opes victim tells of tragic loss

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    The following account of one family's tragic personal loss appears as part of the Opes Prime topic in The Conversation.


    Now everything is gone. $400,000 worth of life savings. I checked our bank account yesterday and our total net worth is now $4,920.46. That is a big full stop after the zero. There is no investment property, there is no cash investment account. There is nothing left. We are a family who could only ever consider public schooling to begin with.

    It was only as I lay awake late last night that I noticed just how much darker the corners of the ceiling are. Sort of obvious really, but when you really look hard, you notice it more than you ever did. I had spent the last two hours rocking my crying wife to sleep although she is now back up watching re-runs of Parkinson at 4am. I don't think she is really watching it in the true sense. More staring at the flickering light of the TV starring into space. I wonder if she notices how dark the corners are?

    My wife has been supportive but I still can't help feeling responsible. We had only been with Trader Dealer (using Opes) for three months and I had started an application to move across to Mac Prime as I was considering trading CFDs using our existing equity. I was literally days away from doing this. Oh how life is all in the timing.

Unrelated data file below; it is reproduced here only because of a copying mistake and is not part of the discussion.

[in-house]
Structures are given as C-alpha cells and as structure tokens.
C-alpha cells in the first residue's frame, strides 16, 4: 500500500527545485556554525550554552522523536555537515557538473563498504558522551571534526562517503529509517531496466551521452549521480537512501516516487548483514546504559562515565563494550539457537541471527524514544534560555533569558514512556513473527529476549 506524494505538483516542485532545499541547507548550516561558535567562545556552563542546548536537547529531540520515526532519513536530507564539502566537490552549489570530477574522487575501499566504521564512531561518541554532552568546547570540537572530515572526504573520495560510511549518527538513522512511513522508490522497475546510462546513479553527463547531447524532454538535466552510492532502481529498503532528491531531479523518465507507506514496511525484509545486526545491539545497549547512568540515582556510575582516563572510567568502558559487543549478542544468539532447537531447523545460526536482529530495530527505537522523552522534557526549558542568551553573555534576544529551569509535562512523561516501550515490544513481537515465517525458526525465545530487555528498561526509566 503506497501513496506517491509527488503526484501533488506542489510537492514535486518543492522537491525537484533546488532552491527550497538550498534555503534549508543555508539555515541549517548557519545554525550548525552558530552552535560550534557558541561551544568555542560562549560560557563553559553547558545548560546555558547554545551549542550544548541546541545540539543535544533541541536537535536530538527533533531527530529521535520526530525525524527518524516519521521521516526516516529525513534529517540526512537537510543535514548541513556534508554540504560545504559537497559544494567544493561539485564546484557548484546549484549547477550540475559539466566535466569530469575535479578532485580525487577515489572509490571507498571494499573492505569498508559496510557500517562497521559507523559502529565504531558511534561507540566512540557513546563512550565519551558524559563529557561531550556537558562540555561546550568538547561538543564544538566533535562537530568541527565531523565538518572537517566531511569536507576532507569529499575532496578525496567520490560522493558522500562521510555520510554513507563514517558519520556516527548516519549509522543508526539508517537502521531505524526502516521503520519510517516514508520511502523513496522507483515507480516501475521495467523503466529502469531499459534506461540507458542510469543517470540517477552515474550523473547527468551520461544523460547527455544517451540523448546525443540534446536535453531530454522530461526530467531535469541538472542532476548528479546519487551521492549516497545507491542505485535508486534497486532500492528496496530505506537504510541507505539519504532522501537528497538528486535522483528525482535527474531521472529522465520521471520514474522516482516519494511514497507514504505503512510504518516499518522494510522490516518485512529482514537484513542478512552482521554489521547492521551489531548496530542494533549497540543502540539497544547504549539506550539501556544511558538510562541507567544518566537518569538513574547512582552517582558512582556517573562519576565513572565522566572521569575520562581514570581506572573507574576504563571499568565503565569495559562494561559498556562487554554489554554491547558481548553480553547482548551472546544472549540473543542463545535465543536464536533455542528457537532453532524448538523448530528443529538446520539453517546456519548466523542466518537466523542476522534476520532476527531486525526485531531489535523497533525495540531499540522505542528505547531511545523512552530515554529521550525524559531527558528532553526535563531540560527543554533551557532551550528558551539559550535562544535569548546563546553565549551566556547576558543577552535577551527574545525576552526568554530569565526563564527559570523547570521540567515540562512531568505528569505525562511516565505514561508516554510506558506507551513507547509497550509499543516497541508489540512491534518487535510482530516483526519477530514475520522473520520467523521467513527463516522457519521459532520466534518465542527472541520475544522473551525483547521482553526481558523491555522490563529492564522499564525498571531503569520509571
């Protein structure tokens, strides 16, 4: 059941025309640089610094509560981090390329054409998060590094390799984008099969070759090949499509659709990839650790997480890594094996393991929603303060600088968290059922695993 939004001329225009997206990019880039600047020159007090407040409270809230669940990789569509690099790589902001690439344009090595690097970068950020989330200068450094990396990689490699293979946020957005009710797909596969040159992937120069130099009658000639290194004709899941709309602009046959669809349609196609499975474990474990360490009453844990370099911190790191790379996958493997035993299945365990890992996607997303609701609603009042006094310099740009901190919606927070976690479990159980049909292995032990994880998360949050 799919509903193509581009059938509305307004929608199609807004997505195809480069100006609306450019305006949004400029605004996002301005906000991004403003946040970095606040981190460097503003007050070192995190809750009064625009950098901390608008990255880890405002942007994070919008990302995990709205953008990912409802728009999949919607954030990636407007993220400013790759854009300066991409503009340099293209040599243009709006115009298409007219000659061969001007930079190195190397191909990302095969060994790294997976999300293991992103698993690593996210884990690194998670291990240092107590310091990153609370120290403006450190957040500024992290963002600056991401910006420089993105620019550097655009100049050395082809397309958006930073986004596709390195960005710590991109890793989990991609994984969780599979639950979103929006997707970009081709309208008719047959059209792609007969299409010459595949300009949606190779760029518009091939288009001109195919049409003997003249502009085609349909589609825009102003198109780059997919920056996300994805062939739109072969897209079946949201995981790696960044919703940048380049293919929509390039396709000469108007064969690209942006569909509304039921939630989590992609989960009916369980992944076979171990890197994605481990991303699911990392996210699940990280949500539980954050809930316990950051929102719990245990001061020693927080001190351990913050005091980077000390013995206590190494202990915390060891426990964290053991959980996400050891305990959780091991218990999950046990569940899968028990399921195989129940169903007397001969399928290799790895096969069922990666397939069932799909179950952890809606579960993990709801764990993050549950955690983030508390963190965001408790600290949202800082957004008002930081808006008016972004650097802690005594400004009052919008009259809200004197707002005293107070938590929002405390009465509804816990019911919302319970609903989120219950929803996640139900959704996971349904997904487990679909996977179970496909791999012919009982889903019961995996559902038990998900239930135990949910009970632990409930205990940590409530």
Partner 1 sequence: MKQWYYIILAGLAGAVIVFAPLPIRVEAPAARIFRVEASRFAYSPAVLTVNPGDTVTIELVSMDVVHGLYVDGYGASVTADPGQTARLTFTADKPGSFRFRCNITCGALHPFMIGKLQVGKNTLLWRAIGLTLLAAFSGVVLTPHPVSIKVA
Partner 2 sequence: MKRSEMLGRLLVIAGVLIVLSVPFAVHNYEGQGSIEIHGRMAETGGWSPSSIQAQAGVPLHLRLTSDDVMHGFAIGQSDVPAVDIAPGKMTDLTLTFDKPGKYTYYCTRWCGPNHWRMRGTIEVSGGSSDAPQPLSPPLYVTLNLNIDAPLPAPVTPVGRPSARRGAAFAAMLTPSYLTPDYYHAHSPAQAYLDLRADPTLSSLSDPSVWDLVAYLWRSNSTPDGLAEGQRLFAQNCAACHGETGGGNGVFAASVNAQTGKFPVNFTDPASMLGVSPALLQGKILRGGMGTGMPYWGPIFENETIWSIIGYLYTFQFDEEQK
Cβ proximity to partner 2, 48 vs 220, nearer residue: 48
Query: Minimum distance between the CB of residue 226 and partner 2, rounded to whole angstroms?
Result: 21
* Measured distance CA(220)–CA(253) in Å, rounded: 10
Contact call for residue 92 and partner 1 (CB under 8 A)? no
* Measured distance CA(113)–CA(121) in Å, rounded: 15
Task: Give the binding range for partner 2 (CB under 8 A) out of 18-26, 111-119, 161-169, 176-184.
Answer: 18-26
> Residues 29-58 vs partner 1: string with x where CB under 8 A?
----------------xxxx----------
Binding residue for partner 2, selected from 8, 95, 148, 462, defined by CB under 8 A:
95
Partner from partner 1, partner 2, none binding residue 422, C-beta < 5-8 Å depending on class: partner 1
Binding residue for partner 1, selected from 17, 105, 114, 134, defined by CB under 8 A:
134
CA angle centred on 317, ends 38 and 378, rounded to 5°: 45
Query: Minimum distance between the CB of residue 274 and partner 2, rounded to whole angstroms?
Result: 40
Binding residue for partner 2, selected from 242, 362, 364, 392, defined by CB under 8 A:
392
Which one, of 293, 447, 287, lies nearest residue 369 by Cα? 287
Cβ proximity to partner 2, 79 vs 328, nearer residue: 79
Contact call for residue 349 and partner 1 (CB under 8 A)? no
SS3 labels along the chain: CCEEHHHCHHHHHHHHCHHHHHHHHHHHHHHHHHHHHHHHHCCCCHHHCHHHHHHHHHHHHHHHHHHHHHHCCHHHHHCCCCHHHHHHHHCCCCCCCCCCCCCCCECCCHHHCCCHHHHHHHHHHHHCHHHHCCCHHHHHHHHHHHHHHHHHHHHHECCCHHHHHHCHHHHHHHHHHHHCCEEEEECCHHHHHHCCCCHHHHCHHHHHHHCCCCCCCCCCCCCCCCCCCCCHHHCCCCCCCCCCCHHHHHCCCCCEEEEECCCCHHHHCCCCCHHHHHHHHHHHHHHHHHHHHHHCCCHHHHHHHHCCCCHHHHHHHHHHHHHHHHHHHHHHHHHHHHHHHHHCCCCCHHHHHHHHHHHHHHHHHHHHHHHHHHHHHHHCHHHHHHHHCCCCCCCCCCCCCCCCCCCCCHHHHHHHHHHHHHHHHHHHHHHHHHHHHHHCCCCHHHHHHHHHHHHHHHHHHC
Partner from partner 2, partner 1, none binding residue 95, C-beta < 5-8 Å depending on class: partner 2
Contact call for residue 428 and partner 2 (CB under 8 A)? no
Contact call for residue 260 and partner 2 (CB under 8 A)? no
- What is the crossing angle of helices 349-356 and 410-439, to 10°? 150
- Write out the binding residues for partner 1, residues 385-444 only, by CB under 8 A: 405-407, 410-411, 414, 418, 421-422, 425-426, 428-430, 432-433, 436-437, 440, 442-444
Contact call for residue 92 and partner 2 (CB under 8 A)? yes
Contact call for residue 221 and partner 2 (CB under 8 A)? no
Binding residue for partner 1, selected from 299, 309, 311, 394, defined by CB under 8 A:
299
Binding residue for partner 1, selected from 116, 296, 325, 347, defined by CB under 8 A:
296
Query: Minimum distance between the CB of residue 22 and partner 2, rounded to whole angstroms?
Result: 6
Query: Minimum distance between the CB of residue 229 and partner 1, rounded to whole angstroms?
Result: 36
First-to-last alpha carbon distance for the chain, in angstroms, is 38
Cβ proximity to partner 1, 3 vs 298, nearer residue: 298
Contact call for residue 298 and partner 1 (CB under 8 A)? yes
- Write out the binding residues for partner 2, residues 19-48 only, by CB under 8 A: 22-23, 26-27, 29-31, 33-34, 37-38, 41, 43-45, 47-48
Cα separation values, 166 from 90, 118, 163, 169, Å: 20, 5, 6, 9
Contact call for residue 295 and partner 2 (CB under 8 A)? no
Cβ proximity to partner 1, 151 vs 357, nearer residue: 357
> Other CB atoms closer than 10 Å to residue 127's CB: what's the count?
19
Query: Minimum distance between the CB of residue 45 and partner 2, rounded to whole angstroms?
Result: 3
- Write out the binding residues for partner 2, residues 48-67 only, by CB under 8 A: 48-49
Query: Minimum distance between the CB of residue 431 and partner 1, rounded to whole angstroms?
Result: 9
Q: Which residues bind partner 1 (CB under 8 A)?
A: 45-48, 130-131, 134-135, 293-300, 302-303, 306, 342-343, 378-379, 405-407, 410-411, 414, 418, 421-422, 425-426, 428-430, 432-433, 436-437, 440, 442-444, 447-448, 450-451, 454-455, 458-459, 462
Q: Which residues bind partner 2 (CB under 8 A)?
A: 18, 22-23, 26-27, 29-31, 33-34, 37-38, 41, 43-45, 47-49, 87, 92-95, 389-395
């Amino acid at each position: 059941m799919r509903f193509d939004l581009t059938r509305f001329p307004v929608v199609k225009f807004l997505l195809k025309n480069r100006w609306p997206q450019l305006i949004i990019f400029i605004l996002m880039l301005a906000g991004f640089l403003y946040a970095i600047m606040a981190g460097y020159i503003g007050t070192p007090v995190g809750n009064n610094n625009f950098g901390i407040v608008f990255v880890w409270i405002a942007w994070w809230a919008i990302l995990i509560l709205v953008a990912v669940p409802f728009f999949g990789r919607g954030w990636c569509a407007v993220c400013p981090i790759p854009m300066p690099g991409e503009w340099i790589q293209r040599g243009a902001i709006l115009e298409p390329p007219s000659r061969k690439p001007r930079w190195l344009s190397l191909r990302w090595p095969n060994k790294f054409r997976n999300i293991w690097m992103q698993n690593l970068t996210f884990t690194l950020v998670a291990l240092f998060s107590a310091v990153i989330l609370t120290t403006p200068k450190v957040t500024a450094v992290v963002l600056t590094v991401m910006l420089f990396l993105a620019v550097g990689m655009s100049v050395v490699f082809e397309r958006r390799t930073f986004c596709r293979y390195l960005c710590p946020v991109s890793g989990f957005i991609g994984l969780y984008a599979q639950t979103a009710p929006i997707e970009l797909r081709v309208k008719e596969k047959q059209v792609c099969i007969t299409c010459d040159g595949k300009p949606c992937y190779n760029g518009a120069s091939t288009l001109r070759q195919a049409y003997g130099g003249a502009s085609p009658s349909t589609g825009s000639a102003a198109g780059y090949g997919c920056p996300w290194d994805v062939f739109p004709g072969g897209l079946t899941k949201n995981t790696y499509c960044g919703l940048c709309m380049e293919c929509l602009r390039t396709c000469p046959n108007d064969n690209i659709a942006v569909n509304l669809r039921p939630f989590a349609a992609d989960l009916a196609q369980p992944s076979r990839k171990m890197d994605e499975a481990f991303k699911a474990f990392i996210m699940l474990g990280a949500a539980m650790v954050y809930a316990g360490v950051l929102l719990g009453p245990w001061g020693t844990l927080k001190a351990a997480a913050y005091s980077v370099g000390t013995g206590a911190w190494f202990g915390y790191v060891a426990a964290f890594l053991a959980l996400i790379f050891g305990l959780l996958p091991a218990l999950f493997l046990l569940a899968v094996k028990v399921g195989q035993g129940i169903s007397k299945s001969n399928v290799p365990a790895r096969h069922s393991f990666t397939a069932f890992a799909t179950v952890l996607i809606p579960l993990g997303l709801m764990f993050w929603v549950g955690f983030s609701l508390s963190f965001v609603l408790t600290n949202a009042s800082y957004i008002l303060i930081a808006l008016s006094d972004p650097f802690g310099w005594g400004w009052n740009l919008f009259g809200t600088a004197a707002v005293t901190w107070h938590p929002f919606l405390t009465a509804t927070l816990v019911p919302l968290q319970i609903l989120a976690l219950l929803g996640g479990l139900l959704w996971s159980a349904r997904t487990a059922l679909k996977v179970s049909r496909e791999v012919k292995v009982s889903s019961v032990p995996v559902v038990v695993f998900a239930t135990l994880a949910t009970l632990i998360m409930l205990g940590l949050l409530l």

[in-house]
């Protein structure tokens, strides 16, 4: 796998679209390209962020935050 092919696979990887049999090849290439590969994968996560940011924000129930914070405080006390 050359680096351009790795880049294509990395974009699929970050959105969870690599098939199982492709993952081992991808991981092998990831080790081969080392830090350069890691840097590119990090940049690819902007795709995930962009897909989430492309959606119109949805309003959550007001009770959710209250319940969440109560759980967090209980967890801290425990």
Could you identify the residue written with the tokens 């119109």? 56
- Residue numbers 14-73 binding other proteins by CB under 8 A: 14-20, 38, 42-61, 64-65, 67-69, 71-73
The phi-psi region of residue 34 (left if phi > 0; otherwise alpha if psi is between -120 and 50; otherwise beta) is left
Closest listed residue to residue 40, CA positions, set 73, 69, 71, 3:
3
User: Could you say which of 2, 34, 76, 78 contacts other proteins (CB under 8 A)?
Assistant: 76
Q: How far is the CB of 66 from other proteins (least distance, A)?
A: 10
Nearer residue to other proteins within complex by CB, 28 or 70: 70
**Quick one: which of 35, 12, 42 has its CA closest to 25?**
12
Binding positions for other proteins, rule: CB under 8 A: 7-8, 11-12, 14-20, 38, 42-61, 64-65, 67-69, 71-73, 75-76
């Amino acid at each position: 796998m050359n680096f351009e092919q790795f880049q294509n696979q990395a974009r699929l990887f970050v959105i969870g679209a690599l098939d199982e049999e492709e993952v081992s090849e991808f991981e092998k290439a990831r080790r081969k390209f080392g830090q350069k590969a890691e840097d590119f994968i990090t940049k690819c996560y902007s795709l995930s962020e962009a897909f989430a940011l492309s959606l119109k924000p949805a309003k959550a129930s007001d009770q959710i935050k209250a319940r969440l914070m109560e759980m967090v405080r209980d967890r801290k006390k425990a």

I turn 40 in a few weeks and have two kids under five. My net worth is $4,920.46. Well actually it's our net worth. Technically I am only worth $2,460.23. Probably less if the kids want a share. It's amazing how you look at those cents in a different light after something like this happens to you.

    I think the biggest difficulty will be looking my friends and family in the eye knowing that after 20 years in the work force, I only have $4,920.46 in the bank. How that brings a lump to your throat. It's not so much the lost pride but the shame. The shame of feeling like you failed. The shame of not being able to have that dream house. The shame of no longer being in the middle age comfort zone where suburbia has a real warmth about it. A warmth you never noticed before. A bit like the corners.

    My mind then wanders to my wife's best friend whose mum died from cancer three months ago. The day after the funeral, my wife's friend got a call from her doctor to say she needed both breasts removed because of some cancerous cells they found. The day after surgery, her dad rang and told her he had leukemia. I got home from work yesterday and my wife told me about another friend whose four year-old son needed "aggressive" radiotherapy because they found a tumour in his pelvis that is too big to operate on. Both these stories are true. These are friends of ours we know well. Sorta puts things in a different light. A bit like the light in the corners.

    I kissed the cheeks of my two beautiful children last night and wondered what the future holds for us. They look so picture perfect when they are asleep. I have no doubts about the challenges ahead. While I write this note in the dead of night, it's not so much an epitaph but the next chapter ahead. The sun will rise in a short few hours and the day will meander on regardless of what money we used to have. My children will wake up and still love me just the same. They judge their riches on time spent with mum and dad. So as I look into their eyes, I will only see hope. The hope of a brighter future. What other choice do we have?

    Anonymous,
    From Marcus Today newsletter, April 1.

 
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